KABUL (AFP) – Afghan efforts to broker peace with the Taliban enter a new phase this week with the first scheduled visit of envoys to Islamabad, part of a growing recognition that the process hinges on Pakistan.
Afghanistan’s ex-president Burhanuddin Rabbani is set to lead a delegation from President Hamid Karzai’s High Council for Peace in talks with officials from neighbouring Pakistan.
Pakistan is increasingly seen as key to Afghan stability, despite historic tensions between the two countries linked to Pakistan’s desire to extend its sphere of influence in the region as a bulwark against arch-rival India.
Key Taliban figures are believed to be hiding out in Pakistan’s wild border regions, while experts say agents from its powerful Inter-Services Intelligence (ISI) have protected or even controlled the militants for years.
Islamabad has said it stands ready to facilitate dialogue between Afghanistan and the Taliban.
“There will be talks with all stakeholders about bringing peace to Afghanistan,” Rabbani’s deputy Ataullah Ludin told AFP.
“This trip is the beginning. We cannot talk about the result now, however, we are optimistic for all peace efforts.”
Ludin said the group would meet figures including Pakistan’s President Asif Ali Zardari and Prime Minister Yousuf Raza Gilani but would not disclose which day the visit starts.
The move comes at the start of a crucial year for Afghanistan — limited international troop withdrawals are expected to start in July before a planned handover of responsibility for security to Afghan troops in 2014.
But some international diplomats and commanders enter 2011 convinced that the plan can only succeed if there are meaningful talks with the Taliban, and the role of Pakistan is seen as crucial.
Taliban leaders fled to Pakistan’s border regions after the 2001 US-led invasion of Afghanistan after the September 11 attacks.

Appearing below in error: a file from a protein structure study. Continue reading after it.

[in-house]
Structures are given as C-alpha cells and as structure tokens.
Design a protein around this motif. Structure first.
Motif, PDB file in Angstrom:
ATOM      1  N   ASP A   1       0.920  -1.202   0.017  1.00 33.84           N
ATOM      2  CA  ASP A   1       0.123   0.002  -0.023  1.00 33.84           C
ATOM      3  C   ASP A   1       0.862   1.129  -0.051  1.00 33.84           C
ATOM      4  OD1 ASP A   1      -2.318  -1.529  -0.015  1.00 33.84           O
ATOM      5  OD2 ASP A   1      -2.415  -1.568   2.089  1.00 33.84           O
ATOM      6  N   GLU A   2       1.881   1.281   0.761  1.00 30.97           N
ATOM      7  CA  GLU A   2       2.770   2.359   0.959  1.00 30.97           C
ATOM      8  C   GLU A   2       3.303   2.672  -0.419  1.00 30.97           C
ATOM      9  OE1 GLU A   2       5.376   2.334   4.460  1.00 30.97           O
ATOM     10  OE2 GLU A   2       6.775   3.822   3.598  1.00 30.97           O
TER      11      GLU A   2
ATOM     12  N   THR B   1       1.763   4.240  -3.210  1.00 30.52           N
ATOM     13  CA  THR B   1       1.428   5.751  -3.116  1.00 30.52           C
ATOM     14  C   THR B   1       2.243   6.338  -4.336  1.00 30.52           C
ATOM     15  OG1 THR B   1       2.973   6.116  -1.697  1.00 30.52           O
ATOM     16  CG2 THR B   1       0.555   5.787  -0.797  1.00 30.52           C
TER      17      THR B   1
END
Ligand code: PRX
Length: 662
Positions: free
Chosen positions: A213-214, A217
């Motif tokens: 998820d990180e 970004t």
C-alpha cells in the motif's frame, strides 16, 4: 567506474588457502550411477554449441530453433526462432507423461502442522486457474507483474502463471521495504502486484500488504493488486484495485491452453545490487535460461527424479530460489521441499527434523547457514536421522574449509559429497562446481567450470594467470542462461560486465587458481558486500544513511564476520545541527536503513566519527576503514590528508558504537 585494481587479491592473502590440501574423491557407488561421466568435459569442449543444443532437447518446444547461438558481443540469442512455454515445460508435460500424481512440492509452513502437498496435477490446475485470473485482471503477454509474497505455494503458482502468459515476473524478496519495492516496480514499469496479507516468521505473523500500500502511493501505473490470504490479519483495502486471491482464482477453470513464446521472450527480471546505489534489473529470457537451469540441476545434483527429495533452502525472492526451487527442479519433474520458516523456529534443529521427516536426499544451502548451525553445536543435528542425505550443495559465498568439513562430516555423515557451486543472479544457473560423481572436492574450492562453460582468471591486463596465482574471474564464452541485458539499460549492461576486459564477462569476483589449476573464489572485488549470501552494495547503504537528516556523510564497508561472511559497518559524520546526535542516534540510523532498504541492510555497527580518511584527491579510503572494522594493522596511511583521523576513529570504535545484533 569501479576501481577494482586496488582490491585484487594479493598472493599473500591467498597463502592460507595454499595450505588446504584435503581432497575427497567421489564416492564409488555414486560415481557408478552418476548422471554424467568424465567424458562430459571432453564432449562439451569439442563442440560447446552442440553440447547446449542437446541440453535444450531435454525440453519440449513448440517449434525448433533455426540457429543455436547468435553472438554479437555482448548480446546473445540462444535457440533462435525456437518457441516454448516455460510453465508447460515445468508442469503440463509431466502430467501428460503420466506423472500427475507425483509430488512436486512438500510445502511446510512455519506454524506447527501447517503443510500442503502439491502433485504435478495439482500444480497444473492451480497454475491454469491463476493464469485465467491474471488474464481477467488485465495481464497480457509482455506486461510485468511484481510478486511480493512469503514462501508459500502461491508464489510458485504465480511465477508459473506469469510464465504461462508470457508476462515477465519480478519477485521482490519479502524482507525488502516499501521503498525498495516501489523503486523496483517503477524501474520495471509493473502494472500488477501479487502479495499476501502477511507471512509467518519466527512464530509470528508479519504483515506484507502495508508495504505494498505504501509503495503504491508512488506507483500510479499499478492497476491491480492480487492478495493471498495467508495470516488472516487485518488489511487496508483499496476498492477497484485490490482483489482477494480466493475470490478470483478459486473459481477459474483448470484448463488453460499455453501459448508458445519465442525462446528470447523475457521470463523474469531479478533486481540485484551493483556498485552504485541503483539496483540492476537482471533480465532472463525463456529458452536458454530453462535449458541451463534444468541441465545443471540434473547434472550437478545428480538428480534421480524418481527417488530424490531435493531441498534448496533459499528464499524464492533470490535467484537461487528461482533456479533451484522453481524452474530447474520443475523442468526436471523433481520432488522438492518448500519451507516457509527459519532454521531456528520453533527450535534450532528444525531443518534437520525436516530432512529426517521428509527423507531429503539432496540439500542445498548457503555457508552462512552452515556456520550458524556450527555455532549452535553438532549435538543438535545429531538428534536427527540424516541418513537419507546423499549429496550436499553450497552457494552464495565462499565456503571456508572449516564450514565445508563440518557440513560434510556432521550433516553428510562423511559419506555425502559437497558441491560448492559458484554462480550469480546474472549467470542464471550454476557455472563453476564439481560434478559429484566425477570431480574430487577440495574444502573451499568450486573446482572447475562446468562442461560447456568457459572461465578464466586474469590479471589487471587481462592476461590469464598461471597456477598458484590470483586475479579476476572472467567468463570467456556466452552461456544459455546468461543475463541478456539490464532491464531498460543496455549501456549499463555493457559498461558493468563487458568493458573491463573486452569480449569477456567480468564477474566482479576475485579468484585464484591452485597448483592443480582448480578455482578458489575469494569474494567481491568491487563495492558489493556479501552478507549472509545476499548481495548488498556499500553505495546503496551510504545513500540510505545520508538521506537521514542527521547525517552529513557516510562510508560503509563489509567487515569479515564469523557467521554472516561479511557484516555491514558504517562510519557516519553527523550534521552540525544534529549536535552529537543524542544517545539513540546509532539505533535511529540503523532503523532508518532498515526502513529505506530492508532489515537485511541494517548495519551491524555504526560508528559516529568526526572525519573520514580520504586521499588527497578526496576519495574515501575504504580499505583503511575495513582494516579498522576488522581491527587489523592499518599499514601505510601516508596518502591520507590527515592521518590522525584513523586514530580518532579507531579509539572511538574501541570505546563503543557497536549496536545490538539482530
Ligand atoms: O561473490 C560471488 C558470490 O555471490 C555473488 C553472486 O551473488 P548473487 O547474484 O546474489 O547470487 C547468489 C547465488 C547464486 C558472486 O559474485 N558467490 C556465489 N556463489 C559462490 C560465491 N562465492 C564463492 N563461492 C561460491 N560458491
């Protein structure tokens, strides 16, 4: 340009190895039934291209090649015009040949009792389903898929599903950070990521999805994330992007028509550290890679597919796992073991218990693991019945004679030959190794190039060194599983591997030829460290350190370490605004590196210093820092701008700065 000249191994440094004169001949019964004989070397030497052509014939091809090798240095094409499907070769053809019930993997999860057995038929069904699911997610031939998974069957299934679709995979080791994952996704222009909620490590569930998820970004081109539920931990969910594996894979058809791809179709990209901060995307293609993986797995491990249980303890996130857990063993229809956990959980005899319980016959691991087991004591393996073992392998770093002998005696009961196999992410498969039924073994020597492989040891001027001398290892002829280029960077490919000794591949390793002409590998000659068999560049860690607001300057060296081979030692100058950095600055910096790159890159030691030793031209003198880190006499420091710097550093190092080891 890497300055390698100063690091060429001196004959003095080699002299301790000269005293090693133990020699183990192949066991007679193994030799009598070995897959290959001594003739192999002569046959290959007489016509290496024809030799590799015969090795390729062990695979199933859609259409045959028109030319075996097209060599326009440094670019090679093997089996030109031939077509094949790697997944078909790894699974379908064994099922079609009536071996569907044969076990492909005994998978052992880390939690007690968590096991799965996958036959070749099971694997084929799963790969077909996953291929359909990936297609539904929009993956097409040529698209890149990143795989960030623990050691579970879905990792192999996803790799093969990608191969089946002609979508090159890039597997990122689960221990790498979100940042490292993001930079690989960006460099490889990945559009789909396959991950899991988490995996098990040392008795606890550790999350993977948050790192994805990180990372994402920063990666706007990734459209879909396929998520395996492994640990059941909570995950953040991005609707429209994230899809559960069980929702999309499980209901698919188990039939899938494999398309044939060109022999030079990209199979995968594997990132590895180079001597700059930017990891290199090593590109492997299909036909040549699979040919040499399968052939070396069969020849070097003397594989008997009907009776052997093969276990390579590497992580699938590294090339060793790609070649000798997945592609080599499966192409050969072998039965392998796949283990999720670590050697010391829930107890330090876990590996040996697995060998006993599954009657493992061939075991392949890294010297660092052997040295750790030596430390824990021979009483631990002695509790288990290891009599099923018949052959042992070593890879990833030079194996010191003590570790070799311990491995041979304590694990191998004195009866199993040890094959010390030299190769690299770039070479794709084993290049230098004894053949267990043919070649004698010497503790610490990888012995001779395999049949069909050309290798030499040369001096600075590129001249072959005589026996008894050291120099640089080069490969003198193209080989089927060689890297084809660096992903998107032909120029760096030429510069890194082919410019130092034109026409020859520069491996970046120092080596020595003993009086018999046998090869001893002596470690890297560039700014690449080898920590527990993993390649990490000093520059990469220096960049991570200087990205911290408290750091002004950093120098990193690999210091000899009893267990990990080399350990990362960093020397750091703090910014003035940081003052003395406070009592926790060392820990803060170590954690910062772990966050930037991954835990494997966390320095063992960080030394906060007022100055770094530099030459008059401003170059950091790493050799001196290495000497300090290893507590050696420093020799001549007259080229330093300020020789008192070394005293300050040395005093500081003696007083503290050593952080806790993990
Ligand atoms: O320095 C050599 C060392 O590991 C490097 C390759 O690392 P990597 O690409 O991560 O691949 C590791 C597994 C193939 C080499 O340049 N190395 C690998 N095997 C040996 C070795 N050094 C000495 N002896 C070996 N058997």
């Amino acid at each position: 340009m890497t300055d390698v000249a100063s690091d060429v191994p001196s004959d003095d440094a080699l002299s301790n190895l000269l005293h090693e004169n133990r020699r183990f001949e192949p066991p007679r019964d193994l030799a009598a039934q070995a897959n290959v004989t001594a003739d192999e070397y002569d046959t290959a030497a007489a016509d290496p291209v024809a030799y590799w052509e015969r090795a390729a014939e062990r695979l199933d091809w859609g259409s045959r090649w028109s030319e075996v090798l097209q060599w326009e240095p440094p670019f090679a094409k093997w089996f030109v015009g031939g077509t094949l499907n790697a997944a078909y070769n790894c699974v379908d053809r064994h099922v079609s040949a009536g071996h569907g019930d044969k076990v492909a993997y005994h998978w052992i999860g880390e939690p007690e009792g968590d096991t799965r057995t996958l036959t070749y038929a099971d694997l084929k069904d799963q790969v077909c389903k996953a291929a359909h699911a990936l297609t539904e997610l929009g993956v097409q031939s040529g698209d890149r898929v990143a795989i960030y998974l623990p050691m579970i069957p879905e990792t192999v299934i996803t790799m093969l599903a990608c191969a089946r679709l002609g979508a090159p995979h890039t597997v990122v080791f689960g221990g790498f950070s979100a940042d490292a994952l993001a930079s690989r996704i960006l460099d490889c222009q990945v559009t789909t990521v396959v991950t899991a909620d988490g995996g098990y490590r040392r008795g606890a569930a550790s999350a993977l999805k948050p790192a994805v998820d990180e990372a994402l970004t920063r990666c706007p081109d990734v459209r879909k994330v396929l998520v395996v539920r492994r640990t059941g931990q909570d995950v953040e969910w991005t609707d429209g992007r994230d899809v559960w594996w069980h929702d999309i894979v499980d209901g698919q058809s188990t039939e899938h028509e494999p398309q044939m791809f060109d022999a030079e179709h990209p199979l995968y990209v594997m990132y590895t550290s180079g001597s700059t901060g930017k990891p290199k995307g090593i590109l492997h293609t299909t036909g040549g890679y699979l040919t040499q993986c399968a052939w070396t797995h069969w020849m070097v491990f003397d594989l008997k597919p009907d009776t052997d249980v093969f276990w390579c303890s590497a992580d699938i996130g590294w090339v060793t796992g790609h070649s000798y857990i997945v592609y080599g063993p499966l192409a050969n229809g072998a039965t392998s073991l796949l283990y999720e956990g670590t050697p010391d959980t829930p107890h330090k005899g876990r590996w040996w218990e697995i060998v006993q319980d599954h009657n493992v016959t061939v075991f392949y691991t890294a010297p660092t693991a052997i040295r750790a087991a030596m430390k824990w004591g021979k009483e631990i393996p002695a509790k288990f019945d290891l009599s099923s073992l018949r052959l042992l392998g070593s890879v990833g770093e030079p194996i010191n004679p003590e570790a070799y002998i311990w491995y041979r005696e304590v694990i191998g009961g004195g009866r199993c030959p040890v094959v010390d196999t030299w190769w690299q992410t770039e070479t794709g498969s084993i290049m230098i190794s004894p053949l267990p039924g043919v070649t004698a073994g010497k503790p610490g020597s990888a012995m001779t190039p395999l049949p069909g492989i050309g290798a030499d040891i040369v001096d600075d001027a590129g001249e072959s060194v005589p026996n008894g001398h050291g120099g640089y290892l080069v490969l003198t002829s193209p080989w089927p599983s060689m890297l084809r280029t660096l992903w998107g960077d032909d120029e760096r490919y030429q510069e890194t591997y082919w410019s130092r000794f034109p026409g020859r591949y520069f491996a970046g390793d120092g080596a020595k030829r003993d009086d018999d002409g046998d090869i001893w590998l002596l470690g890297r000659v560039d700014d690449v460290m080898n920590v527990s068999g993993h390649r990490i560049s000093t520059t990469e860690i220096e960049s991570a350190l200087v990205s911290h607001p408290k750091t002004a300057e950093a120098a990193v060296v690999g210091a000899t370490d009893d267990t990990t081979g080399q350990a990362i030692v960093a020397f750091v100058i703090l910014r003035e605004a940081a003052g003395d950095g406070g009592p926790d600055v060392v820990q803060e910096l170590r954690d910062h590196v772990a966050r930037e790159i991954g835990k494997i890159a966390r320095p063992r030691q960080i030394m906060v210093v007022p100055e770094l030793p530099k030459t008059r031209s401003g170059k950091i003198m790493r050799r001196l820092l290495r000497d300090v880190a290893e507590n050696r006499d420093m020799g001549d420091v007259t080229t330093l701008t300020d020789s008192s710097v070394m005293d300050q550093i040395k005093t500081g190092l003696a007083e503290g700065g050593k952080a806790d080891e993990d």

Most of the Taliban’s top command, including supreme leader Mullah Omar, are believed to be hiding in Pakistan, mostly in the southwestern city of Quetta.
The militia is “intellectually and politically independent but physically under the control of Pakistan”, said Gilles Dorronsoro, a visiting scholar on Afghanistan at the Carnegie Endowment for International Peace.
According to Mullah Arsala Rahmani, a former Taliban mediator in Kabul, “at least 29 important Taliban leaders have been arrested by the ISI” since 2001.
Relations between Afghanistan and Pakistan have long been tense, but the intensity of the rhetoric between them has eased since Zardari took over from Pervez Musharraf in 2008.
It seems that Afghanistan may need all the help it can get in making progress on peace.
Karzai made negotiations a top priority in 2010, calling a national conference and creating the High Council for Peace. But attempts to open discussions with the rebels have so far got nowhere.
Media reports in November suggested a Pakistani shopkeeper posing as a senior Taliban leader was brought to Kabul for talks with Karzai before being exposed as a fake. Afghan officials deny he was ever brought to the capital.
Another major setback was Pakistan’s arrest last February of Abdul Ghani Baradar, described by the US as Mullah Omar’s right-hand man who was rumoured to be exploring peace contacts.
By detaining him, “Pakistan was telling Kabul, the West and other Taliban leaders that nothing can happen without it”, Dorronsoro said.
In public, too, Islamabad has made clear that it believes it is crucial to bringing peace to Afghanistan.
“Nothing will happen without us, because we are a part of the solution,” said Gilani in October, reiterating that his government was ready to facilitate dialogue between Kabul and the Taliban.
Last week, foreign affairs ministry spokesman Abdul Basit confirmed the High Council for Peace’s visit and vowed Pakistan would “continue to support and help in whatever way the Afghanistan government wants”.
Experts say that one key to getting Pakistan to play straight is for the United States to be flexible when it comes to Islamabad’s main obsession — India’s growing influence in Afghanistan and Washington.
But any policy seen as soft on terror could jeopardise President Barack Obama’s re-election prospects in 2012, a date which Dorronsoro warns could become “a real problem”.